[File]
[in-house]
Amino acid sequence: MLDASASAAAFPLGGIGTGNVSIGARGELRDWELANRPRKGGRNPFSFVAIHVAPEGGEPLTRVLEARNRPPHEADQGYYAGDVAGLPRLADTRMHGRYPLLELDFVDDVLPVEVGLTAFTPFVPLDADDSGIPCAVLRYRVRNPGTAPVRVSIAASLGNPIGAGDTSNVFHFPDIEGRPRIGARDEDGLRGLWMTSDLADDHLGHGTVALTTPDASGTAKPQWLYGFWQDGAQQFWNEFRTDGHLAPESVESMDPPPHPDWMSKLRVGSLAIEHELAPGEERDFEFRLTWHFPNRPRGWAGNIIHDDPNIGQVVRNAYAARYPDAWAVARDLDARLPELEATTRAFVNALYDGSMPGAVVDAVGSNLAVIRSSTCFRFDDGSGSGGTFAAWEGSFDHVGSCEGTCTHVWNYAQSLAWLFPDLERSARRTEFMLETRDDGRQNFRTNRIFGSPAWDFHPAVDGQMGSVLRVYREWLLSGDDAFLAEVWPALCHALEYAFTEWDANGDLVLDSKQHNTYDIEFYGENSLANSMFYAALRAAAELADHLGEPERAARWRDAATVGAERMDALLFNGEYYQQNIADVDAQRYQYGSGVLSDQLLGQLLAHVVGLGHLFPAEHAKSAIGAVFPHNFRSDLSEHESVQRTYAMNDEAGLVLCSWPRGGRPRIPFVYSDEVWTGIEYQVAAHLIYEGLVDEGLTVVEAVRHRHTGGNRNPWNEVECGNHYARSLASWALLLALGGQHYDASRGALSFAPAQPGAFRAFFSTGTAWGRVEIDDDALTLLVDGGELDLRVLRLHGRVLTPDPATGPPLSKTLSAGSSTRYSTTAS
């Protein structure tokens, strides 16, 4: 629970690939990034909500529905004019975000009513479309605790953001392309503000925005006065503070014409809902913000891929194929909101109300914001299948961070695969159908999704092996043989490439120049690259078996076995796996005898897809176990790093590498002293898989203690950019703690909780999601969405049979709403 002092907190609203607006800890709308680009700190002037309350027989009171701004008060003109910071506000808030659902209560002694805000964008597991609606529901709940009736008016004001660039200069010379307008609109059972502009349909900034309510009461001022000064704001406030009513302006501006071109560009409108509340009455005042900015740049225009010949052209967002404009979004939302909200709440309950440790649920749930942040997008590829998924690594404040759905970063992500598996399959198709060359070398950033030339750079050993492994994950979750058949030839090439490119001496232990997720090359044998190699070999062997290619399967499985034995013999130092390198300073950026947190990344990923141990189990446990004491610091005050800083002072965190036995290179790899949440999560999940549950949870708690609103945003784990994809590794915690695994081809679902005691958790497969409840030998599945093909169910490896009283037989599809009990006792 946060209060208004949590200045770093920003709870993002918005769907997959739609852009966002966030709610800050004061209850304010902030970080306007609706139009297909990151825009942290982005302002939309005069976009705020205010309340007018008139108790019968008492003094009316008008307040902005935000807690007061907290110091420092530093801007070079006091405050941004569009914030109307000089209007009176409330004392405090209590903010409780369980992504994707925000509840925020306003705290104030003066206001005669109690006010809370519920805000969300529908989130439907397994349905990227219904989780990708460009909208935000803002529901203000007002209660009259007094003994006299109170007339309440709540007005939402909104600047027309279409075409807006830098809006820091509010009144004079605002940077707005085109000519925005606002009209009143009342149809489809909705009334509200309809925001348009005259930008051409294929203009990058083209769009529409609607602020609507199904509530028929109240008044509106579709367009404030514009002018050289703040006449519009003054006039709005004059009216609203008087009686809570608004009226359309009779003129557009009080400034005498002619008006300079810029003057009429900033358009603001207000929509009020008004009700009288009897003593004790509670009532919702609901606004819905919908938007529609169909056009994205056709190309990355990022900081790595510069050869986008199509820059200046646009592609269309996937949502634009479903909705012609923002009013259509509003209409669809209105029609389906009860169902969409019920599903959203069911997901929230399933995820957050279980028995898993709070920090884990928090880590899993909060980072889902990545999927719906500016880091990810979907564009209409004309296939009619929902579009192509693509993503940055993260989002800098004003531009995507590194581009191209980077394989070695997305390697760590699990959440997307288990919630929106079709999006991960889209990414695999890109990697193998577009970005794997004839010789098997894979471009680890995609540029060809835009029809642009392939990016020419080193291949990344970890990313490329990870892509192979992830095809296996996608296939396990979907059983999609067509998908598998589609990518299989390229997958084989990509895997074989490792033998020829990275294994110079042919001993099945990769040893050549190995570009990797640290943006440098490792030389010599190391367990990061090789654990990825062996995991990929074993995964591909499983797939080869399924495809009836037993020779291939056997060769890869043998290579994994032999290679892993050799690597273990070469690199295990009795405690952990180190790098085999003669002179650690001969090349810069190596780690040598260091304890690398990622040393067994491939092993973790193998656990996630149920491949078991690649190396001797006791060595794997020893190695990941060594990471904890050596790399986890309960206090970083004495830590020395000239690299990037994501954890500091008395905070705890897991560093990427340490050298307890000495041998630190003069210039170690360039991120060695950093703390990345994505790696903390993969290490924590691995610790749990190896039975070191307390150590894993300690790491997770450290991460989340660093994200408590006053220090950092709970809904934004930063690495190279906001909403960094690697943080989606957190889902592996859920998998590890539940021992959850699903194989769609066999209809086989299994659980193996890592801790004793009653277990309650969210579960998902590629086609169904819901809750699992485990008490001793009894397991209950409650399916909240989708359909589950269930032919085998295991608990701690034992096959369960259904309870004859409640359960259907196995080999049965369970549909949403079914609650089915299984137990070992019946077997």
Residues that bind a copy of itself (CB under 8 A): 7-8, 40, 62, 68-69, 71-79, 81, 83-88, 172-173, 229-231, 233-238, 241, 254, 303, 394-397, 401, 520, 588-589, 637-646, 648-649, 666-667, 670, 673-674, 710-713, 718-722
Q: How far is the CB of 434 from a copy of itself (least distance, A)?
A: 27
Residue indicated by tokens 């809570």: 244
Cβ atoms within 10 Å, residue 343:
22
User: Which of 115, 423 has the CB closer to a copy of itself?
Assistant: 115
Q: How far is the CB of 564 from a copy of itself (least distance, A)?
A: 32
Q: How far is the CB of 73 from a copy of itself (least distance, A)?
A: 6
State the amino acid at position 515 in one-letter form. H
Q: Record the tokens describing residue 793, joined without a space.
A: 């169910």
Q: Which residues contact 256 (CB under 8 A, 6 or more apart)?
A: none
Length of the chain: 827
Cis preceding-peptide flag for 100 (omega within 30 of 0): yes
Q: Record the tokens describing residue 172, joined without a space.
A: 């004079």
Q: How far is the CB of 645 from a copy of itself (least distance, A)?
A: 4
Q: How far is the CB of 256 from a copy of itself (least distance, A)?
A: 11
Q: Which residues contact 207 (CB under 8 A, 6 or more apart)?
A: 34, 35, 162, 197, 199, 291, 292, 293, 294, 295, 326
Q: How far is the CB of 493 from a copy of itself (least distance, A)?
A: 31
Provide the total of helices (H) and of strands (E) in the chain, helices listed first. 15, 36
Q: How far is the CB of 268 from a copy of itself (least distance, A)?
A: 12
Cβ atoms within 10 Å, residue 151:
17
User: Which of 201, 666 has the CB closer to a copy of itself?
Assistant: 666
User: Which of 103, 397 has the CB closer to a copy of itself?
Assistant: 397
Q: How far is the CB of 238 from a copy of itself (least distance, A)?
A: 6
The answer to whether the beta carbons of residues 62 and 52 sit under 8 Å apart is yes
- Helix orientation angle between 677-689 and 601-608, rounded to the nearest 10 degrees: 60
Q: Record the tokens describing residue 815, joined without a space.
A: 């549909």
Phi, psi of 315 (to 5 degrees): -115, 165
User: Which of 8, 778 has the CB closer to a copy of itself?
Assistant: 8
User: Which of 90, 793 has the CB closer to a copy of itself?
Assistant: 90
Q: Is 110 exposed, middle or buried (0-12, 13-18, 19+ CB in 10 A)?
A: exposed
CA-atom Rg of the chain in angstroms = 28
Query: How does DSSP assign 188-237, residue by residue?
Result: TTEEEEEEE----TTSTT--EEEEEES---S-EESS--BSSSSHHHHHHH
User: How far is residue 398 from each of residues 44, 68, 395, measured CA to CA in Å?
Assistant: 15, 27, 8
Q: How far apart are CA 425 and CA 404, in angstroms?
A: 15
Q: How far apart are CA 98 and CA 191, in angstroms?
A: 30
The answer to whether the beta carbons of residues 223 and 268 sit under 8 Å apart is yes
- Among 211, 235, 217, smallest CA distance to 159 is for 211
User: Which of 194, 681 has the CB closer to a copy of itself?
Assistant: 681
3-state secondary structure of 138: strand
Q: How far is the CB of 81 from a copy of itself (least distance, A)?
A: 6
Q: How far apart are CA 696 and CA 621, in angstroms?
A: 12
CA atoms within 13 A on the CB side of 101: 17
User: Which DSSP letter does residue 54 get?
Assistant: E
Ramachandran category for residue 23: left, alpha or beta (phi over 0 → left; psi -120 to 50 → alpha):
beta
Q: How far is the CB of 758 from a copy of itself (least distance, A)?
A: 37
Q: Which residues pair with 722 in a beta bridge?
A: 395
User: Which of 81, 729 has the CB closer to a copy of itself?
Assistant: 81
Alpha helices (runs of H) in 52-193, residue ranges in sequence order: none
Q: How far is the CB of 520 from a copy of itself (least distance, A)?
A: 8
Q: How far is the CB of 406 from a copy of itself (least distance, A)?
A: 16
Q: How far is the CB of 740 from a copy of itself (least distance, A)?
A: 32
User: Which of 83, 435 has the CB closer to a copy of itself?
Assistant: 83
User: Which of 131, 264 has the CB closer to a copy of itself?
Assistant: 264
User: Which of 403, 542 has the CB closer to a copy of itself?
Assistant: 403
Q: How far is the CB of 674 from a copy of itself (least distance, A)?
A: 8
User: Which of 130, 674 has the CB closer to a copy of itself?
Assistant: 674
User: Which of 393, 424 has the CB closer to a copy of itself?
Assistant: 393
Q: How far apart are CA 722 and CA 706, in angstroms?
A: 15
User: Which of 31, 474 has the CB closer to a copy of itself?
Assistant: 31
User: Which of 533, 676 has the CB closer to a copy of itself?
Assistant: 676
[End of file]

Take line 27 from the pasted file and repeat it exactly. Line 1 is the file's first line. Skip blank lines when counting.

Q: How far is the CB of 256 from a copy of itself (least distance, A)?